On Thursday, the US Senate agreed to pass the much debated immigration reform bill, prompting widespread optimism that after years of arguing, America’s immigration system could soon undergo a long awaited – and much needed – overhaul.
After almost three week of debating, 14 Republican Senators joined all of their Democrat counterparts in voting in favour of passing the immigration bill, drawn up by a group of eight bipartisan Senators, on to the House of Representatives, securing a 68-32 winning margin.
However, some of the leading members of the Republican controlled House of Representatives are still saying that they will refuse to vote on the bill, which, if passed, would pave the way for approximately 11 million undocumented immigrants to be offered a path to citizenship, increase US border security, and overhaul the country’s legal skilled immigration system.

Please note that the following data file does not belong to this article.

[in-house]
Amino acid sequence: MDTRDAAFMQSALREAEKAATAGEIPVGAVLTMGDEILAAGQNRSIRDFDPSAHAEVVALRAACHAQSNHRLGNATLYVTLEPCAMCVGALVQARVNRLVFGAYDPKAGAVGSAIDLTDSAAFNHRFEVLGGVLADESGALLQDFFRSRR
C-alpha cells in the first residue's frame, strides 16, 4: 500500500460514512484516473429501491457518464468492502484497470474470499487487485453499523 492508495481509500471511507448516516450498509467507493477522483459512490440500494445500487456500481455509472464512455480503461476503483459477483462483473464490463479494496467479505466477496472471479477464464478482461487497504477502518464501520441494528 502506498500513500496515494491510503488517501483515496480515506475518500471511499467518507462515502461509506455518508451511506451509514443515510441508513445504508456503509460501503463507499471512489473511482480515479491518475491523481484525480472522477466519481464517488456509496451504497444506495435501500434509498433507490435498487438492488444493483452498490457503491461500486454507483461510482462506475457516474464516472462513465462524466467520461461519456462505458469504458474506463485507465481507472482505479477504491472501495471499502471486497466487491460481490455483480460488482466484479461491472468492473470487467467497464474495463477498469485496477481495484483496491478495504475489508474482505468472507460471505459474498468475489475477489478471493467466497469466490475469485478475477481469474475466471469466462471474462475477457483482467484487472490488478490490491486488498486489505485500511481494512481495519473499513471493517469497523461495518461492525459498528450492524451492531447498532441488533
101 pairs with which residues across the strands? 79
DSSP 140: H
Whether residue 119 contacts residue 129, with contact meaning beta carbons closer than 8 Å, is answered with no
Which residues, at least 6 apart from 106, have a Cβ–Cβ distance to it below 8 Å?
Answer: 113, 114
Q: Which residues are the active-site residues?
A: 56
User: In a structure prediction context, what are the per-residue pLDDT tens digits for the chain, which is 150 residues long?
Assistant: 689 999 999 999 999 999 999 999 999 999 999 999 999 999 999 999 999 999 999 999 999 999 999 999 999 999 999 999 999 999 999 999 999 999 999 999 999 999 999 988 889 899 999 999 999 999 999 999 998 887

Yet there are some Republicans who take the view that a failure of their party to back immigration reform could have dire consequences for the party’s chances in the next General Election – President Barack Obama’s 2012 re-election was secured largely on the back of widespread immigrant support.
President Obama himself has once again urged the House of Representatives to pass the bill. “The bipartisan bill that passed today was a compromise,” Obama said in a statement on Thursday. “By definition, nobody got everything they wanted. Not Democrats. Not Republicans. Not me. But the Senate bill is consistent with the key principles for common sense reform that I – and many others – have repeatedly laid out.
“Now is the time when opponents will try their hardest to pull this bipartisan effort apart so they can stop common sense reform from becoming a reality. We cannot let that happen,” he added.
However, Democrat Senator Chuck Schumer, one of the eight Senators who drew up the bill, reaffirmed his belief yesterday that the House will pass the bill eventually. Speaking to Fox News Senator Schumer confidently predicted that: “By the end of this year, the House will pass the Senate bill.”